Pediatric febrile seizure: When do I need to do a lumbar puncture?

Aug 08, 13
Pediatric febrile seizure: When do I need to do a lumbar puncture?

LP_collect copyYou are in the ED when a 7 month old is brought in by EMS after a witnessed generalized seizure. The grandmother reports that the child has had URI symptoms for a couple of days and then developed a fever today. Shortly after giving ibuprofen, the child began to seize with arms and legs twitching. The episode lasted approximately 8 minutes and when EMS arrived, the child was sleepy, but arousable. The glucose was 92 mg/dL en route. On exam in the ED, child is awake and staring at you to make the next move…

Vitals: Temp 39C, P 136, RR 28, Sat 100%

Clinical Question

Which children with a febrile seizure require a lumbar puncture to evaluate for bacterial meningitis?

Definitions

What is a Pediatric Febrile Seizure?

  • A convulsion associated with an elevated temperature > 38oC
  • Age: 6 months – 5 years
  • Occurs in 2-5% of all children

Two types of febrile seizures:

  1. Simple Febrile Seizure
    • Generalized
    • Short duration (< 15 minutes)
    • Only one seizure within 24 hours
  1. Complex Febrile Seizure
    • Focal
    • Longer duration (≥ 15 minutes)
    • More than one seizure within 24 hours

The Data on Managing Febrile Seizures

1. Simple Febrile Seizures

The revised American Academy of Pediatrics clinical practice guideline (2011) for simple febrile seizure state 1 :

  • The decision to test should be directed toward identifying the source of the fever, and NOT the seizure.
    • Viral infections cause the majority of fevers in this age group
    • Don’t forget UTI’s in young females and uncircumcised males
    • The following should NOT be routinely performed:
      • Blood tests, electrolytes, and blood cultures
      • Neuroimaging or EEG
  • Consider a lumbar puncture if:
    • There are signs or symptoms of meningitis after the seizure
    • If the child is not fully immunized or immunization status is unknown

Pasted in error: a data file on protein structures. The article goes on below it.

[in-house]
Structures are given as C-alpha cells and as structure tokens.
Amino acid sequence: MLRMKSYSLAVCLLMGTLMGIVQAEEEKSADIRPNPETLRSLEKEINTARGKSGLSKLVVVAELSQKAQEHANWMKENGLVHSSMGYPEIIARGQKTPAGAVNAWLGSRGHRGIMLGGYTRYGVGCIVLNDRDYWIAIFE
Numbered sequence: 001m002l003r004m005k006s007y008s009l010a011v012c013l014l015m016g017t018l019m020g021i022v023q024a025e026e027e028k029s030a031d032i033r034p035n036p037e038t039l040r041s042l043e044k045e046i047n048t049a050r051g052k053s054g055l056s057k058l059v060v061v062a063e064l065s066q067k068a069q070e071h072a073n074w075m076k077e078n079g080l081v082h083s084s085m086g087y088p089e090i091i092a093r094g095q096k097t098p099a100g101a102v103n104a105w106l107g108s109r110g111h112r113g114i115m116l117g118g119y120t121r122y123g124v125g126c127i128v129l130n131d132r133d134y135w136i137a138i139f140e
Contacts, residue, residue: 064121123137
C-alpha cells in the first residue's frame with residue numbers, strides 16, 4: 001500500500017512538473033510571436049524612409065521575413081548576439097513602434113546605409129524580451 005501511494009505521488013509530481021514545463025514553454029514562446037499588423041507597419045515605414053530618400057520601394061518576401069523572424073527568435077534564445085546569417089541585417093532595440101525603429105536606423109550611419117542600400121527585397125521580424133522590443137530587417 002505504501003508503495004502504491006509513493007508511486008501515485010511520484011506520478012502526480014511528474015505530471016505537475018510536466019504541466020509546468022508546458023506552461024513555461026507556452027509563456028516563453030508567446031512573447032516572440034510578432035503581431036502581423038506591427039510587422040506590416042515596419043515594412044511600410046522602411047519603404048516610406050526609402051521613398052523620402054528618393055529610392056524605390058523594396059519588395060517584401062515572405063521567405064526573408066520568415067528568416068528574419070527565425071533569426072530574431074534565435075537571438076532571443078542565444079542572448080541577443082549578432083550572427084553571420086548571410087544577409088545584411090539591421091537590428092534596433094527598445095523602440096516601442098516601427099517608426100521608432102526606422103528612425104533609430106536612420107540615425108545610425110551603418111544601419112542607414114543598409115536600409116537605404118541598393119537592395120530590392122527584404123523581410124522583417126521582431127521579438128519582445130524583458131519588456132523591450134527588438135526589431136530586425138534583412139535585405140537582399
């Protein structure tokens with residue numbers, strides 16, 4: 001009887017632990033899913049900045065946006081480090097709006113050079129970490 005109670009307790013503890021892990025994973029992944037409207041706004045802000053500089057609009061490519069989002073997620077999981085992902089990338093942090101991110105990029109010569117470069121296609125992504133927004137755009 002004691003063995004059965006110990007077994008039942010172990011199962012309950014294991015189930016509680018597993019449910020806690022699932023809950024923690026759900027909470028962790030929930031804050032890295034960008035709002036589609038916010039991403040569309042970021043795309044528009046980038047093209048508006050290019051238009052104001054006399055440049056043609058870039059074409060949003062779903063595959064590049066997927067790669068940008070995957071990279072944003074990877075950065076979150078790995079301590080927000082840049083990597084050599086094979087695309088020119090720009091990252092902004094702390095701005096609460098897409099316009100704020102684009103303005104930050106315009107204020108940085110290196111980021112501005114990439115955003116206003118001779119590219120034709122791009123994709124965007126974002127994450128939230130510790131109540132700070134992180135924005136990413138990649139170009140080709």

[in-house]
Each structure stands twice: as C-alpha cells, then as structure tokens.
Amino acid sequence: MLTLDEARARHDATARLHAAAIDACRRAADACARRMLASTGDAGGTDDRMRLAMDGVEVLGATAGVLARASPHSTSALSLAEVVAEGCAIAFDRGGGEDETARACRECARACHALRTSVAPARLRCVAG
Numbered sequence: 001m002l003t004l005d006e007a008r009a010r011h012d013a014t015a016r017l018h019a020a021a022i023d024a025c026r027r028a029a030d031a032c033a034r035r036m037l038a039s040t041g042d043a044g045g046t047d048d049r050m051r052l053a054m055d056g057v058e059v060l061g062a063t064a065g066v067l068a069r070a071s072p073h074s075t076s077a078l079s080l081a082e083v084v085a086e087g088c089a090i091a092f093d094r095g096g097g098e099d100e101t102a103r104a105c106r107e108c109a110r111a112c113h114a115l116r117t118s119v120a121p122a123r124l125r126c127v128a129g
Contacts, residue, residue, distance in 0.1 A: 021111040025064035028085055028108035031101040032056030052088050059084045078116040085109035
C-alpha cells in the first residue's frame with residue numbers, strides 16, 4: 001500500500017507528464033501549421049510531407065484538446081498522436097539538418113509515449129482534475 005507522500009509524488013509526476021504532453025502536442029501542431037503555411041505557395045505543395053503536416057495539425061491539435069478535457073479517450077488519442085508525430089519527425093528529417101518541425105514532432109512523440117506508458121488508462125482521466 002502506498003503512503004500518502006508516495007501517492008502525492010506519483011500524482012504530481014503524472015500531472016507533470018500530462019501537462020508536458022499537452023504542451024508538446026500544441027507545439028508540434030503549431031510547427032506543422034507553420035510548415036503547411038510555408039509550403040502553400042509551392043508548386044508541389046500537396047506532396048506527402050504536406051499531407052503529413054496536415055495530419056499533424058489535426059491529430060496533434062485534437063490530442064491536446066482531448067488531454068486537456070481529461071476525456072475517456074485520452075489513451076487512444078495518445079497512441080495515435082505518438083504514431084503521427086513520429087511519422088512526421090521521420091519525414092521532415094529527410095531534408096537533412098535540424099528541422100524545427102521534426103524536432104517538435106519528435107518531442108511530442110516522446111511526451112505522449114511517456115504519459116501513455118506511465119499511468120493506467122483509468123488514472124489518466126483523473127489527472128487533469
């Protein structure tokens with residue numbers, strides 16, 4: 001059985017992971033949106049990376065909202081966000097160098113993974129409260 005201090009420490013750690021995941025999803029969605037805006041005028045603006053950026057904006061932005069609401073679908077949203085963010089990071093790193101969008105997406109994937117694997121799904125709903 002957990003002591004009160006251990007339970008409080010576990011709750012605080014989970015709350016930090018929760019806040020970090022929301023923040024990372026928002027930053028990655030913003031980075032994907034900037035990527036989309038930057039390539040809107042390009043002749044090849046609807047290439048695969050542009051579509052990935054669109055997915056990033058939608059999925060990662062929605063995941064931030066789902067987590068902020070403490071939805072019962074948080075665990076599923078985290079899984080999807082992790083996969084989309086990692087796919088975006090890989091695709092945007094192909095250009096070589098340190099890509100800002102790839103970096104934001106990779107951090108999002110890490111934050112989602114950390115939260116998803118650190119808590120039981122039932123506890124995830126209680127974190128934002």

• H. influenza type b or S. pneumonaie
    • If the patient has been pretreated with antibiotics, because this may mask signs and symptoms of meningitis
  • This guideline is not intended for patients with:
    • Complex febrile seizures
    • Children with previous neurologic insults
    • Known CNS abnormalities
    • History of afebrile seizures

2. Complex Febrile Seizures

Children with complex febrile seizures are traditionally worked up with a lumbar puncture because of the association between seizures and CNS infection. Because complex febrile seizures are so heterogeneous (i.e. prolonged, focal, or recurrent), there are no consensus guidelines on which children require a lumbar puncture.

In 2010, a retrospective cohort study assessed the rate of acute bacterial meningitis among children 6-60 months, who presented with their first complex febrile seizure between 1995 and 2008. 2

  • Total 526 patients with first complex febrile seizure
    • 83% had no previous seizure
    • 340 of 526 (64%) underwent a lumbar puncture
      • 14 of 340 (2.7%) had CSF pleocytosis
      • 3 of 340 (0.9%) were diagnosed with acute bacterial meningitis
        • 2 of the 3 had a positive CSF culture for S. pneumonia
          • Both were ill appearing (non-responsive, bulging fontanelle, apnea)
        • 3rd patient had a failed lumbar puncture but grew S. pneumonia in the blood and was treated for a suspected diagnosis of bacterial meningitis
  • Author conclusions: Few children with a complex febrile seizure have acute bacterial meningitis in the absence of other signs or symptoms.

Take Home Points

1. A simple febrile seizure does not require further diagnostic evaluation (beyond simply working up the fever) or an LP.

“Current data no longer support routine lumbar puncture in well appearing, fully immunized children who present with a simple febrile seizure.” 1

2. There are no consensus guidelines at this time for the work up of complex febrile seizures, although…

  • Bacterial meningitis is rare in patients who present with complex febrile seizures, who are otherwise well appearing and have no other signs or symptoms on physical exam.
1.
Subcommittee on, American A. Neurodiagnostic evaluation of the child with a simple febrile seizure. Pediatrics. 2011;127(2):389-394. [PubMed]
2.
Kimia A, Ben-Joseph E, Rudloe T, et al. Yield of lumbar puncture among children who present with their first complex febrile seizure. Pediatrics. 2010;126(1):62-69. [PubMed]

Author information

Steven Bin, MD

Steven Bin, MD

Associate Clinical Professor of Pediatrics and Emergency Medicine

Division of Pediatric Emergency Medicine
University of California, San Francisco

The post Pediatric febrile seizure: When do I need to do a lumbar puncture? appeared first on ALiEM.

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